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Thursday, April 28, 2016

'Purple Rain' — As Retold In A Language Without A Word For Purple

In 1984, Prince was on top of the world, with a No. 1 album and later a No. 1 movie, both named Purple Rain.
Little did Prince know then how widely his projects' influence would spread, or the ways in which they might translate — literally. Three decades after the film first premiered, it got a remake filmed in Niger, featuring members of a nomadic group of people known as the Tuareg.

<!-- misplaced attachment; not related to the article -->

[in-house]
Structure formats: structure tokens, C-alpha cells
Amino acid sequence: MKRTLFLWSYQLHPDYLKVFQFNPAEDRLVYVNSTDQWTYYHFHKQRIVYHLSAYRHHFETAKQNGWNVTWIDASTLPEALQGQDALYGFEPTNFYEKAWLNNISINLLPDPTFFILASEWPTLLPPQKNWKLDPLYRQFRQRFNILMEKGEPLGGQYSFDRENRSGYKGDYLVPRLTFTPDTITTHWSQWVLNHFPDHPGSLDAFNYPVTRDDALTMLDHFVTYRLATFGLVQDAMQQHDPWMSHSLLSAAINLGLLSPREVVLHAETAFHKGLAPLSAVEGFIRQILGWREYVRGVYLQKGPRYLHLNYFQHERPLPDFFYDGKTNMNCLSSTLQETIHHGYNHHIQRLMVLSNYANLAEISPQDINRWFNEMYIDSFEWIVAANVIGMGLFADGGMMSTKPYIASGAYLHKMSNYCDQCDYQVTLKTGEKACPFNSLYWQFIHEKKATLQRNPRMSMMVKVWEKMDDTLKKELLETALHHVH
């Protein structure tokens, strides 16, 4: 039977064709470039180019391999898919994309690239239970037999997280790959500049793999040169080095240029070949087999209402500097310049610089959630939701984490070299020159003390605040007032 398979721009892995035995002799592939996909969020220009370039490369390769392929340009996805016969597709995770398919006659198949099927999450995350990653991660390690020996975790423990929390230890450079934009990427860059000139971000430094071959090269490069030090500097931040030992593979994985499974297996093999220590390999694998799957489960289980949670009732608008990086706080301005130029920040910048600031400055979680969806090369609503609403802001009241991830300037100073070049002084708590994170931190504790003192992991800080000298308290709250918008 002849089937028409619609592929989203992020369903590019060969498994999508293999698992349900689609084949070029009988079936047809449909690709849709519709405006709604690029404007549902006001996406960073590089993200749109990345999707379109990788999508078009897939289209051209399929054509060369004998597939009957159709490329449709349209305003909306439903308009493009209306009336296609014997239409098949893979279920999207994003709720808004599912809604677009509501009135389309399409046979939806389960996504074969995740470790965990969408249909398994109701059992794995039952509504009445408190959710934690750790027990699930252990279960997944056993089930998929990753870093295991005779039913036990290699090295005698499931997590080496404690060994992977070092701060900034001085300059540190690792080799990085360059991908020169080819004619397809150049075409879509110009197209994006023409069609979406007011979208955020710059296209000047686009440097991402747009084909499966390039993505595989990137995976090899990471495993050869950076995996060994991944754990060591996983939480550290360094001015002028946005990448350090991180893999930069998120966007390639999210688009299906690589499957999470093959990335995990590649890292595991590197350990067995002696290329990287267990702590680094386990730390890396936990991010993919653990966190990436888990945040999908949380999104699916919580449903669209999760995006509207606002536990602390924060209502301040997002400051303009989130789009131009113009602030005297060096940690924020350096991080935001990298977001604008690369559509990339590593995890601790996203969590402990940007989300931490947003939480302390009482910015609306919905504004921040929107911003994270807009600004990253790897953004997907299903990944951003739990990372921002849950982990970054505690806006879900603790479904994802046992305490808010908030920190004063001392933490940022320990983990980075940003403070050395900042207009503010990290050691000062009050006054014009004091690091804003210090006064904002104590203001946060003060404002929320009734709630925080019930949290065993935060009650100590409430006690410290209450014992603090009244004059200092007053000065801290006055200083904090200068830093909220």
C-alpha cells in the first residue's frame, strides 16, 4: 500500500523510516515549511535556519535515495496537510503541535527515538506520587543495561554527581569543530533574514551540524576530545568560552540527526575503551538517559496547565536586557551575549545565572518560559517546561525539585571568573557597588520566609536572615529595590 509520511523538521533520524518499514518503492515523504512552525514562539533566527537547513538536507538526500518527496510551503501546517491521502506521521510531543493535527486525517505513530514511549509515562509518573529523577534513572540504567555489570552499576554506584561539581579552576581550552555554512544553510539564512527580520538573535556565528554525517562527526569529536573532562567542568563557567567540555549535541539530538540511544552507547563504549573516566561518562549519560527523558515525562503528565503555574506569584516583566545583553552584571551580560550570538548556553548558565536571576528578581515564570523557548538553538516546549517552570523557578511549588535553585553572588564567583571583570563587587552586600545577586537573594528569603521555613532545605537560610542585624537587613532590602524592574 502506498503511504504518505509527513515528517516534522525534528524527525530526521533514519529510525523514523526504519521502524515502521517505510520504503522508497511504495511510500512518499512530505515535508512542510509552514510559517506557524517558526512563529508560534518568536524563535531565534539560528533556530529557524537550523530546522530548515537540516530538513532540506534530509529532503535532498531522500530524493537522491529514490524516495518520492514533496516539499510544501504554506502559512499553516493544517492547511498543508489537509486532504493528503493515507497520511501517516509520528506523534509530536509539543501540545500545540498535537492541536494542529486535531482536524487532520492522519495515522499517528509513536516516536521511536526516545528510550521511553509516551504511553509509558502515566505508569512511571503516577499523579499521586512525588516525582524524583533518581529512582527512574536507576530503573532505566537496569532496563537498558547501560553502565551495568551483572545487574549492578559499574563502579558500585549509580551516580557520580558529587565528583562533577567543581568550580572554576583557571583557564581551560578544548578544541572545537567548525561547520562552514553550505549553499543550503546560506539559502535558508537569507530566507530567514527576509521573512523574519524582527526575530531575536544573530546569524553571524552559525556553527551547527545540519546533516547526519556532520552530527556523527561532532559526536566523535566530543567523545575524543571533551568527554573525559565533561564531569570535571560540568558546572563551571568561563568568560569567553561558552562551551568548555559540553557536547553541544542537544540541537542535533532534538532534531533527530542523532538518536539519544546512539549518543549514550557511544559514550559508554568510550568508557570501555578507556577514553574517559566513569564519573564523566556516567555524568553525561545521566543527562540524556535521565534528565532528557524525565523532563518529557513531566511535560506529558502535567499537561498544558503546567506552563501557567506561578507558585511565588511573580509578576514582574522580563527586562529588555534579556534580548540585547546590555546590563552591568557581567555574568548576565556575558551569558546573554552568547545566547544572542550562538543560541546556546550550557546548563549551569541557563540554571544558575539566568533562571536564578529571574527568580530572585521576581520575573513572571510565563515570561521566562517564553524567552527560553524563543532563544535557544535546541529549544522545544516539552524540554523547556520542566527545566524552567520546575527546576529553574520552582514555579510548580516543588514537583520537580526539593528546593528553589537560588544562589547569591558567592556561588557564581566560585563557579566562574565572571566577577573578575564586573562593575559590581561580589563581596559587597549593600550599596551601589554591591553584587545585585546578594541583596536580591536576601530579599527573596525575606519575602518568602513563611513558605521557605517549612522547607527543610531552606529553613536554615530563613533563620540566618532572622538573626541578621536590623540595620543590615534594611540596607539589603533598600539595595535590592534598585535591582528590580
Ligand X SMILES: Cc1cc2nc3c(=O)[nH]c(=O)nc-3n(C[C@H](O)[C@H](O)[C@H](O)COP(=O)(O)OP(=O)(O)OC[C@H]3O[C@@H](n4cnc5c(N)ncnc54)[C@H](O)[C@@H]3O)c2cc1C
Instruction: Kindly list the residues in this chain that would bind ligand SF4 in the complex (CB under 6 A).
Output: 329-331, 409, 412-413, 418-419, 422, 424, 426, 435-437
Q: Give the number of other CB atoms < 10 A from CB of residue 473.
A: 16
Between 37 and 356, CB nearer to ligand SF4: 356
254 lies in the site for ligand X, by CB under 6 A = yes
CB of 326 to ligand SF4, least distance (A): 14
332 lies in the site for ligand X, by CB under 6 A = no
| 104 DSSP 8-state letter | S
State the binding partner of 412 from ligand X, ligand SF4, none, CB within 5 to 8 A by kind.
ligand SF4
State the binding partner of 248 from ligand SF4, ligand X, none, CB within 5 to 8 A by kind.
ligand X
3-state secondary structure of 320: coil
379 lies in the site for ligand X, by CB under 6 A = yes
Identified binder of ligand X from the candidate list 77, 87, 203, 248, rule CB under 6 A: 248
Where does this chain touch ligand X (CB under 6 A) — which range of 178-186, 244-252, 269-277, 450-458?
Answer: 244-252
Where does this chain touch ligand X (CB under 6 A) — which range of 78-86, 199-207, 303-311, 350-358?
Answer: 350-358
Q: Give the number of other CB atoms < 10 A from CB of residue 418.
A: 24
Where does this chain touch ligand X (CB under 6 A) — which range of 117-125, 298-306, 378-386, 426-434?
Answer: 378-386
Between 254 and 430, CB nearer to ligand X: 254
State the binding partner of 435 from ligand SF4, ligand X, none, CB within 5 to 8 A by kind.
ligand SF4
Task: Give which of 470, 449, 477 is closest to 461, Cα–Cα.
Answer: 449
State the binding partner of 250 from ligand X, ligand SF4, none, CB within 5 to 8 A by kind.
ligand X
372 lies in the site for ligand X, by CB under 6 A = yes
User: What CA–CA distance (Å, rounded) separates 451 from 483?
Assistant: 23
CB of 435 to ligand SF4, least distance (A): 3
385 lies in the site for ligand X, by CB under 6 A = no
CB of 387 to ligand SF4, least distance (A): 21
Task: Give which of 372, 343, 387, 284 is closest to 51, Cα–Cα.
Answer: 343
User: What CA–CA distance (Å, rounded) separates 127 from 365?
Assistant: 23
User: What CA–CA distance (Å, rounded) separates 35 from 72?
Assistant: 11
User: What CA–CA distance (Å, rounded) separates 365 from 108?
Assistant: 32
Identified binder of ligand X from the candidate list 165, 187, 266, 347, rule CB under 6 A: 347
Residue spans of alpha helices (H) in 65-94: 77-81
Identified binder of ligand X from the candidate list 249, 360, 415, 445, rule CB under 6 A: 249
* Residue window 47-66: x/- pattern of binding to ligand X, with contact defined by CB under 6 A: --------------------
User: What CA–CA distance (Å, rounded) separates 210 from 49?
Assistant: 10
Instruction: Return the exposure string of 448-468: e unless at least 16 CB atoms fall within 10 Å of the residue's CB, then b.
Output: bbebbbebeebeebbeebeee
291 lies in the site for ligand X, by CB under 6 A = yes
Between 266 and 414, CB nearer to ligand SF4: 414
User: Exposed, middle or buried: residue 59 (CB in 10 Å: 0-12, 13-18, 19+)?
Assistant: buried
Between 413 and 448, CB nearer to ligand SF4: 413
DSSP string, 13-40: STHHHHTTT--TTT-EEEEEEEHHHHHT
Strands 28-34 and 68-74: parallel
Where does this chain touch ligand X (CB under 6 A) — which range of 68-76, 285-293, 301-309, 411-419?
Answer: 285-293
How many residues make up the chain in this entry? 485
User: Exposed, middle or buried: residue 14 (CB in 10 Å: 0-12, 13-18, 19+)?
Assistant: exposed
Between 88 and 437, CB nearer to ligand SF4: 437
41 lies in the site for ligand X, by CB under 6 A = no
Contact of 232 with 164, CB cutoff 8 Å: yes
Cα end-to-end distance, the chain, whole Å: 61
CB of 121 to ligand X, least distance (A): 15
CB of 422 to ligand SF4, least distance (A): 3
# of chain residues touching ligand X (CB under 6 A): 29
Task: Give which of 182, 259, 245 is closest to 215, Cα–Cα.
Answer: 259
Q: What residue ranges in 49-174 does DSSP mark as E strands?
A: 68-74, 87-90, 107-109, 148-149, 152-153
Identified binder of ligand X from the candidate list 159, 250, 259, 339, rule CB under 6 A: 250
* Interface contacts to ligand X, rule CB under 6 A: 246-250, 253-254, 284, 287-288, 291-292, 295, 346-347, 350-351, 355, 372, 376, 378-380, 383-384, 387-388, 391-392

It's called Akounak Tedalat Taha Tazoughai — which translates to "Rain the Color of Blue with a Little Red in It." That's because there's no word for "purple" in Tamajeq, the language spoken by the Tuareg. 
Like the original, this version of Purple Rain, directed by Christopher Kirkley, tells the story of a guitarist and songwriter who battles his musical rivals, his conservative father — and eventually, his own ego. Those struggles are every bit as resonant in Niger's desert community as they were in Prince's Minneapolis. Over the past few decades, a vibrant new music scene has exploded among the Tuareg. Bootlegged cassette tapes of artists like Jimi Hendrix and Dire Straits have been traded and retraded across the Sahara.
For the complete article, click here

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